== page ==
After Britain's first-ever televised debate between the leaders of the country's three main parties on April 15, one man emerged as a surprise contender to be the next incumbent at 10 Downing Street. It wasn't the Liberal Democrats' Nick Clegg, although Clegg's strong showing in last week's talkfest catapulted his party from its perennial third place to leader of the pack in a clutch of opinion polls conducted after the debate. The latest reading of public sentiment, taken by pollsters YouGov for the April 19 edition of mass-market daily newspaper the Sun, shows the Lib Dems at 33%, nudging David Cameron's Conservatives into second place with 32% and consigning Gordon Brown's governing Labour to a dismal third at 26%. But that doesn't mean Clegg whose personal popularity ratings have soared to the postwar high enjoyed by Winston Churchill is poised to become premier after the elections on May 6. As Churchill observed, democracy is the worst form of government except all the others that have been tried, and the British form of democracy is likely to translate the Lib Dems' new support into an increased electoral advantage for Prime Minister Brown.
A stolid communicator and a poor party manager who has only narrowly survived successive putsch attempts from within the ranks of his own colleagues, Brown entered the campaign saddled with the baggage of Labour's close to 13 years in office: the public's enduring disillusionment with Labour that is a legacy of the Iraq war, and the perception that Labour's economic policies, stewarded by Brown during his decade as Finance Minister, had fueled the boom but failed to protect against the bust. Accused by a former top civil servant of "Stalinist ruthlessness," Brown's accident-prone leadership later earned the memorable gibe from the Lib Dems' shadow finance minister Vince Cable that the Labour leader had transformed from Stalin to Mr. Bean. But Brown's rivals aren't laughing now.
The U.K.'s first-past-the-post electoral system favors parties like Labour whose voters are geographically concentrated and penalizes parties like the Lib Dems, whose voters are much more evenly distributed across the nation. The April 19 YouGov results, fed into the BBC's election-seat calculator, produce a hung Parliament, with the Conservatives winning 246 seats, Labour picking up 241 and the Lib Dems garnering just 134 despite topping the popular vote. It's a good illustration of the inequities of a system the Lib Dems have long campaigned to reform.
They're not its only potential victims. The buoyant Liberal Democrats could easily stop the Conservatives who until the debate were the longtime favorites to win the largest slice of seats in the House of Commons from gaining the 326 seats necessary to secure an outright majority. In a scenario that sees the Tories and Labour commanding pretty much equal blocs, the Tories fear the Lib Dems are more likely to agree to an alliance with Labour and that would keep Brown in power. Vote anything other than Conservative and "you risk being stuck with what you have got," warned Cameron in an April 19 interview with the Guardian newspaper. Benedict Brogan, the deputy editor of the Daily Telegraph newspaper put it more pithily: "Vote Churchill; Elect Stalin."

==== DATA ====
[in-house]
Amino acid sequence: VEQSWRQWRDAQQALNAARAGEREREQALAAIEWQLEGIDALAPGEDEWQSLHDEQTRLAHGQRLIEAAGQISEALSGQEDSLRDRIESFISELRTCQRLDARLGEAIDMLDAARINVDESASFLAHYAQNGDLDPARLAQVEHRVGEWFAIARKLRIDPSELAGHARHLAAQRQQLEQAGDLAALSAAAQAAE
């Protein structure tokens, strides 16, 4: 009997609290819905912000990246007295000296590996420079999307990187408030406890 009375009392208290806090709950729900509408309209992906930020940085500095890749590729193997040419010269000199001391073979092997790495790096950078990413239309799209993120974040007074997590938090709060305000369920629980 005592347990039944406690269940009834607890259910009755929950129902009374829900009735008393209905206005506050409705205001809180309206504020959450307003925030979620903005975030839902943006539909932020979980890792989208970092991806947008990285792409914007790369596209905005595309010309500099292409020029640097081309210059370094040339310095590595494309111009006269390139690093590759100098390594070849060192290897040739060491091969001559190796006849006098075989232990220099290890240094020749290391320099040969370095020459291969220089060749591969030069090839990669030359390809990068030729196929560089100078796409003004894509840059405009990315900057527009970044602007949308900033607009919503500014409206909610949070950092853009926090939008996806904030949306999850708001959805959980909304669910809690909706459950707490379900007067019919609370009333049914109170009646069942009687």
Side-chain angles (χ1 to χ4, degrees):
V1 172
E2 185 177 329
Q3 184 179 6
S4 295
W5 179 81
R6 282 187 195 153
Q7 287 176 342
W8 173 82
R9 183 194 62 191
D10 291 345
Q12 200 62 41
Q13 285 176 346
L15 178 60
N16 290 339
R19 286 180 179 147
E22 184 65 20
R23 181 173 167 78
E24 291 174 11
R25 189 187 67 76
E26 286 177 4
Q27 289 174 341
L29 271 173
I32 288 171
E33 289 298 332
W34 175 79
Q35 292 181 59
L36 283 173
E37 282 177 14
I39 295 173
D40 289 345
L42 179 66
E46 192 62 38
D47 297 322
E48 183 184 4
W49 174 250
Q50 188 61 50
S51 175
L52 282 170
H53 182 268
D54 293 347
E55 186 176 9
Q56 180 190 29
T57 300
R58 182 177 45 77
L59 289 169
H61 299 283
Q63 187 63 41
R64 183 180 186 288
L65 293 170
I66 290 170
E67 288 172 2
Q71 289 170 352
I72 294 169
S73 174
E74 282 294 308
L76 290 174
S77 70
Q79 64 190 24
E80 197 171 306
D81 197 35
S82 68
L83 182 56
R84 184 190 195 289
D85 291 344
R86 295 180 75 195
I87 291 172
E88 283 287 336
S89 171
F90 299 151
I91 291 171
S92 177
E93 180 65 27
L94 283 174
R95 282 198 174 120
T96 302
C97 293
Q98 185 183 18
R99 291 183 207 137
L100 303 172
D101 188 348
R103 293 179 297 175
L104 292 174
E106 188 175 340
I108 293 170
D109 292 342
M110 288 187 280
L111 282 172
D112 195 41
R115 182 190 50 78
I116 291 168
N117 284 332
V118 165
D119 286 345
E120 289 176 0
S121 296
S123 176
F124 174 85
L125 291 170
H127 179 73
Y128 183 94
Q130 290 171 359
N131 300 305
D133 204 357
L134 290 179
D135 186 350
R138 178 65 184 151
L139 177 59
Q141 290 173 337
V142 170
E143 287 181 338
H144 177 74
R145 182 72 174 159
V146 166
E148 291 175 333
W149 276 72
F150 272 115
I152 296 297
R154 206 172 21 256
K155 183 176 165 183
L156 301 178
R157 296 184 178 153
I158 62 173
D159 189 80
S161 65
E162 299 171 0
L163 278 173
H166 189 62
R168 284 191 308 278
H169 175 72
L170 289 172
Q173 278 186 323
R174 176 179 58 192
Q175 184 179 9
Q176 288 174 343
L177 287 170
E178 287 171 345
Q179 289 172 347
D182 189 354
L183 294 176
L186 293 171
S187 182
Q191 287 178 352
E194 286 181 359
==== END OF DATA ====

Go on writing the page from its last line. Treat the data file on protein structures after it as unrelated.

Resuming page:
That's funny and so is the fact that Brogan's newspaper, once widely known as the "Torygraph" because of its political sympathies, is in part responsible for the Liberal Democrats' surging popularity. Investigative journalists at the Telegraph last year exposed the misuse by MPs and peers of the British Parliament's lax expenses regimen. Anger at revelations about politicians living high on the hog as voters felt the pain of the credit crunch has left many Britons more disenchanted than ever with the political classes. The Conservatives hoped to capitalize on this by presenting themselves as the party of change.
Yet when Clegg was given a national platform by the TV debate, he successfully painted Cameron and Brown as the old choices. "The more they attack each other, the more they sound the same," he said, gesturing at his rivals and wrapping himself in a hopey-changey mantle.
Labour is openly wooing Clegg. ("I agree with Nick," a phrase Brown used seven times during the debate, already garnishes T-shirts and other merchandise.) The Tories are trying to figure out how to attack Lib Dem policies without committing the strategic blunder of being seen to attack Britain's most popular pol. For Clegg the next big test is April 22, when the party leaders again go head-to-head in the second of the TV debates, this time discussing international affairs.
That debate may scare off a few new Lib Dem supporters who find they, at least, don't agree with Nick when they realize how unambiguously pro-European he is. "I've always regarded European integration not as an inhibition of British sovereignty but an extension of it," he told TIME last month. But Clegg is also likely to get a boost from reminding Britons that his was the only party to oppose the invasion of Iraq. If the man dubbed Mr. Popularity by the British media maintains his momentum, Britain is set for that most oxymoronic of events: an exciting election.